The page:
I am making wraps tonight, and wanted some fresh hummus to accompany the vegetarian bean chile and guacamole.

I am also abandoning Barth for a week and going up to Brisbane to see my family before having a few days at Coolum with some good girlfriends.  So I wanted to leave some nice healthy snacks for him in the fridge, as I’m pretty sure he will be logging onto menulog before my plane touches down in Brisbane.

Here is my recipe for hummus, one of the staples of our fridge, which is adapted from many other sources (you can blame Dad’s Camp Eden cookbook for the healthy stuff and Ottolenghi for the unhealthy bits – although he uses far more tahini in his recipe).  Actually, although its not a low fat option (due to the tahini, and olive oil if used), hummus is a healthy meal addition and will provide a good amount of calcium, fibre, protein, iron etc and all the other good things found in chickpeas.

Cooked chickpeas

Cooked chickpeas


  • 1.5 cups of dried chickpeas (or 3 cups of cooked chickpeas)
  • 1 teaspoon baking soda
  • 1.5 litres water
  • 4 tablespoons of tahini
  • 2 teaspoons ground cumin
  • 1 teaspoon cayenne pepper
  • 2-4 cloves of garlic, depending on taste
  • 1 lemon, juiced
  • 1 teaspoon salt
  • pepper
  • 300mL ice-cold water
  • olive oil (optional)
  • fresh herbs of choice (optional – for garnish)


  1. If you are using canned chickpeas, skip steps 1 and 2.  For those using dried chickpeas (please do, its so much better!), prepare the chickpeas by soaking them in water in a large saucepan overnight with a pinch of bicarb soda – there should be about 4cm of water above the level of the chickpeas.  If you forget to do this in advance (like me), you can use the quick soak method and cover the chickpeas in a saucepan with 4cm of water, put on the stove and bring to boil.  Turn off the stove and leave the chickpeas to sit for at least an hour.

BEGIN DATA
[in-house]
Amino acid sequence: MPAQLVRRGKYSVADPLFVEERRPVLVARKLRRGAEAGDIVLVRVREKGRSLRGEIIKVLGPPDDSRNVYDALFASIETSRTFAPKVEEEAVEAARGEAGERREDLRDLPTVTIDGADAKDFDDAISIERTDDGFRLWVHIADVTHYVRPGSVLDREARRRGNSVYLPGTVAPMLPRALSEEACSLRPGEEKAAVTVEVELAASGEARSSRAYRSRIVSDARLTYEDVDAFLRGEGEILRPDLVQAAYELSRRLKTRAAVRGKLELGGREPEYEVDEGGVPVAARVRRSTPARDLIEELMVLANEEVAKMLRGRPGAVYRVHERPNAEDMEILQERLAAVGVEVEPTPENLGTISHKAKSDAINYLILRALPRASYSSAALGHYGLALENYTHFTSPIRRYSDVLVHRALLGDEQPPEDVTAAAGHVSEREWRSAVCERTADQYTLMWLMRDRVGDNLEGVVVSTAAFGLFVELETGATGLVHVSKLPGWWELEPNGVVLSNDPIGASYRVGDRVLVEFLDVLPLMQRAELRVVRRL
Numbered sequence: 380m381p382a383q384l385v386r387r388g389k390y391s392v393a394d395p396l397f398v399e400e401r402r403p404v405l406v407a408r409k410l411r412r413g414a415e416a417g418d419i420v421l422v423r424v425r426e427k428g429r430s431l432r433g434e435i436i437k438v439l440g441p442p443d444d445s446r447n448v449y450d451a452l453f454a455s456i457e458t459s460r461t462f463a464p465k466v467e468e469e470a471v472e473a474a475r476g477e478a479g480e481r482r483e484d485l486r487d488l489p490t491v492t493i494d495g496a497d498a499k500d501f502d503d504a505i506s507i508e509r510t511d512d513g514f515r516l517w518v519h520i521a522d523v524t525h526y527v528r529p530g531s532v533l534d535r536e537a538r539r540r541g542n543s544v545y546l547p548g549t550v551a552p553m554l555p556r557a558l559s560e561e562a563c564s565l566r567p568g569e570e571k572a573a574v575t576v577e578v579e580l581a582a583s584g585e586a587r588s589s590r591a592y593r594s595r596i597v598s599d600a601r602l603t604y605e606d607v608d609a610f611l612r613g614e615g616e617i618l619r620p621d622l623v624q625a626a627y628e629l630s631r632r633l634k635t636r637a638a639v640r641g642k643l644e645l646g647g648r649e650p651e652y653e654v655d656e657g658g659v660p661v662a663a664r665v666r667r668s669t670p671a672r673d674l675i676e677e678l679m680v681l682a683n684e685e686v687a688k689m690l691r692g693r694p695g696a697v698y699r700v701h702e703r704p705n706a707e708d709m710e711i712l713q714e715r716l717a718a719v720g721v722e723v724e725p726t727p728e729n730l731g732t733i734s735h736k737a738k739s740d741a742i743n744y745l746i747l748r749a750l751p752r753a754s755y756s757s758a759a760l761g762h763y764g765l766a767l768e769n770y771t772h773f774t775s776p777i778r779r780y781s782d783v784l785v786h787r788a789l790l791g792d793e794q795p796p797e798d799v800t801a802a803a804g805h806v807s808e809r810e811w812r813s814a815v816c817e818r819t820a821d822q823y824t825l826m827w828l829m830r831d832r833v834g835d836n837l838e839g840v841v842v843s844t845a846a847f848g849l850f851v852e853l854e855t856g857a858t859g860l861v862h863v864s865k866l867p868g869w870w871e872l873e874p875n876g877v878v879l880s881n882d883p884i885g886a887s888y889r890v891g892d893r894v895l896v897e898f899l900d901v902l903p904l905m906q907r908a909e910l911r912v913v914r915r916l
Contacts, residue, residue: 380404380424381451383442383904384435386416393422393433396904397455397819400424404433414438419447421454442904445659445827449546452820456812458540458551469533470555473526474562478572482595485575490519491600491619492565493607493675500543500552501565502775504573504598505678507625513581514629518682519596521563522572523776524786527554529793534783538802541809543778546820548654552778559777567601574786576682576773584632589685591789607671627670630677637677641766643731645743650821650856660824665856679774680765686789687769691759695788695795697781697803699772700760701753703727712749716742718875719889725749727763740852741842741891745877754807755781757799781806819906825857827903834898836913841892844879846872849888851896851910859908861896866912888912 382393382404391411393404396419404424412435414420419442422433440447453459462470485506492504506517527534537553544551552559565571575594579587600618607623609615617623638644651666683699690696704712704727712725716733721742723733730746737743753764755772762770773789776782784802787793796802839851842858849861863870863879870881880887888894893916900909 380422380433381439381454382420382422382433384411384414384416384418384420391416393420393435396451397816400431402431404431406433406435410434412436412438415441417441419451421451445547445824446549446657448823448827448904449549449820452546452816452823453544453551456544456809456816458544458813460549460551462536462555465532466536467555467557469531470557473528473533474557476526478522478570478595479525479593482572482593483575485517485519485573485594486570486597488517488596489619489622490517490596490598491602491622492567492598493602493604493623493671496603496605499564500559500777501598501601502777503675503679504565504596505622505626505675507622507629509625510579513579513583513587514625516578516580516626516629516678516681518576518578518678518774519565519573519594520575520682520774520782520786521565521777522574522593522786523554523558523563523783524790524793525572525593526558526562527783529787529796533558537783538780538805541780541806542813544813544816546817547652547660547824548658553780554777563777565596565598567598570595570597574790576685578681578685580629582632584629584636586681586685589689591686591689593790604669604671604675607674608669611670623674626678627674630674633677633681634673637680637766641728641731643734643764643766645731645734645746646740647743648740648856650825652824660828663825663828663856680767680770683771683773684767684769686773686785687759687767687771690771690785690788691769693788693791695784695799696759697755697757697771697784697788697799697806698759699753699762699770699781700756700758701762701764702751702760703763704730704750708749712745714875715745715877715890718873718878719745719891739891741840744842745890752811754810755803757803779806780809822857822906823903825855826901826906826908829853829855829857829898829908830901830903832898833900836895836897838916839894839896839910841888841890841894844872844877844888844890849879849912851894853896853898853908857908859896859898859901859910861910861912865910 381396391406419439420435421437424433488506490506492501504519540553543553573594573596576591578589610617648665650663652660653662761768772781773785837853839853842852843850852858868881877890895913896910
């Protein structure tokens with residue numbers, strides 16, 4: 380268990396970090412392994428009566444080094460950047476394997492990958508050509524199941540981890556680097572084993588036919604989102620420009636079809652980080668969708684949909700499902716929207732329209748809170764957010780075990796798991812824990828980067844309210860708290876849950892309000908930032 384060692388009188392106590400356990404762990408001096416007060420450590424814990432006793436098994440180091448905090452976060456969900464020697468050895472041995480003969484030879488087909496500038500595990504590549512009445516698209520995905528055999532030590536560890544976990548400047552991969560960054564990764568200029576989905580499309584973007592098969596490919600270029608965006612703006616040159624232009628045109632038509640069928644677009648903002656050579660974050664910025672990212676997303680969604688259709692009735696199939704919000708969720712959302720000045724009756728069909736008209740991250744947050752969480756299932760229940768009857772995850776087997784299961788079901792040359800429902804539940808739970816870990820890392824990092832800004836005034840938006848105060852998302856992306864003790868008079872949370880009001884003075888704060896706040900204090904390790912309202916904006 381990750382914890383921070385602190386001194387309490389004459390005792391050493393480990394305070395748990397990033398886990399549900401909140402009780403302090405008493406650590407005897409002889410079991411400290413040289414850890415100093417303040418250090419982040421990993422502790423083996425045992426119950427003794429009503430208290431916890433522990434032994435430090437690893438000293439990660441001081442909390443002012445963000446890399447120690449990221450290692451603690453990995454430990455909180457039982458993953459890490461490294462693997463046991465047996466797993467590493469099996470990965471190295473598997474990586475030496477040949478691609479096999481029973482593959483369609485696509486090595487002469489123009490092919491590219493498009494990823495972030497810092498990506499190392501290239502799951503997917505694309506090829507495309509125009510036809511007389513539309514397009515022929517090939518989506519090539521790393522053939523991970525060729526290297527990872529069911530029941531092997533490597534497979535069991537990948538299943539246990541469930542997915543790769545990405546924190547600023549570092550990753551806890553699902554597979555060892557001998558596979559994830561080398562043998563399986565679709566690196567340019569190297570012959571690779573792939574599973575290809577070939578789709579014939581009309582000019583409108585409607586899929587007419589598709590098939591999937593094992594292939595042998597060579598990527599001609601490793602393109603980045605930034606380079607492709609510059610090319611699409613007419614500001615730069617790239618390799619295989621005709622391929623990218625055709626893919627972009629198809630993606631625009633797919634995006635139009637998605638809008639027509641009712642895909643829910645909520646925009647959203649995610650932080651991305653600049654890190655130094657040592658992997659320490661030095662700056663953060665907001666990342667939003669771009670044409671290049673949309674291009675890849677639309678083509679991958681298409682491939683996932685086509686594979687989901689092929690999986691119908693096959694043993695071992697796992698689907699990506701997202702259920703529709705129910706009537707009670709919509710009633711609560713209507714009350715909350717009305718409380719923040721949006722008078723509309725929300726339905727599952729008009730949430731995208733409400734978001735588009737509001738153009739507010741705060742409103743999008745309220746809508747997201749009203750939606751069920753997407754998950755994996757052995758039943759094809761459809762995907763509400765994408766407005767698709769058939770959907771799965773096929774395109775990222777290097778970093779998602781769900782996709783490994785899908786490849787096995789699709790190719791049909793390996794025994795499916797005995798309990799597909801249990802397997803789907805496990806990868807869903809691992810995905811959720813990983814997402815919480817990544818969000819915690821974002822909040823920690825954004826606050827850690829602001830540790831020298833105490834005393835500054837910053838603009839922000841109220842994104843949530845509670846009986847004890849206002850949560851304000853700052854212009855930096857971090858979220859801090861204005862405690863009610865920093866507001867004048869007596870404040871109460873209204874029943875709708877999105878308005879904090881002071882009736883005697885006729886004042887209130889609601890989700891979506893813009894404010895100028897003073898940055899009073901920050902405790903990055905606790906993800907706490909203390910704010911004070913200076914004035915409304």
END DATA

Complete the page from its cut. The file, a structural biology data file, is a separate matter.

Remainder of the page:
2. After soaking, rinse the chickpeas in cold water and return to the saucepan.  Add the baking soda and stir for 3-4 minutes until the chickpeas are heated and the baking soda is mixed through.  Add 1.5 litres of water to the saucepan, bring to the boil and then turn the heat down to simmer.   Cook the chickpeas for 25-40 minutes until they are soft and tender.  Remove from heat and drain chickpeas.  You should have about 3 cups of cooked chickpeas.
  3. Place the chickpeas into a blender or food processor (I use an omniblend) and puree until the chickpeas have lost their shape.
  4. Add the garlic, cumin, cayenne pepper, salt, pepper, lemon juice to the blender.  Start the motor and then add the tahini until roughly blended through.  The hummus will be fairly thick.  Keep the blender on, and slowly add the iced water (you may not need it all) until you have a smooth paste.  Add the olive oil, if using, and continue to blend for another 30 seconds. Taste the hummus, and add more lemon or salt to taste.
  5. Transfer the hummus to a serving bowl, rest for 30 minutes, and garnish with fresh herbs.  Alternatively, transfer the hummus to an airtight container and store in the fridge for 4-5 days.  Serve hummus with carrot or celery sticks, as a dip with pita bread chips, or use on bread or wraps.
Hummus thumbnail image Hummus is a healthy snack or meal addition, and will provide a good amount of calcium, protein, iron 30min

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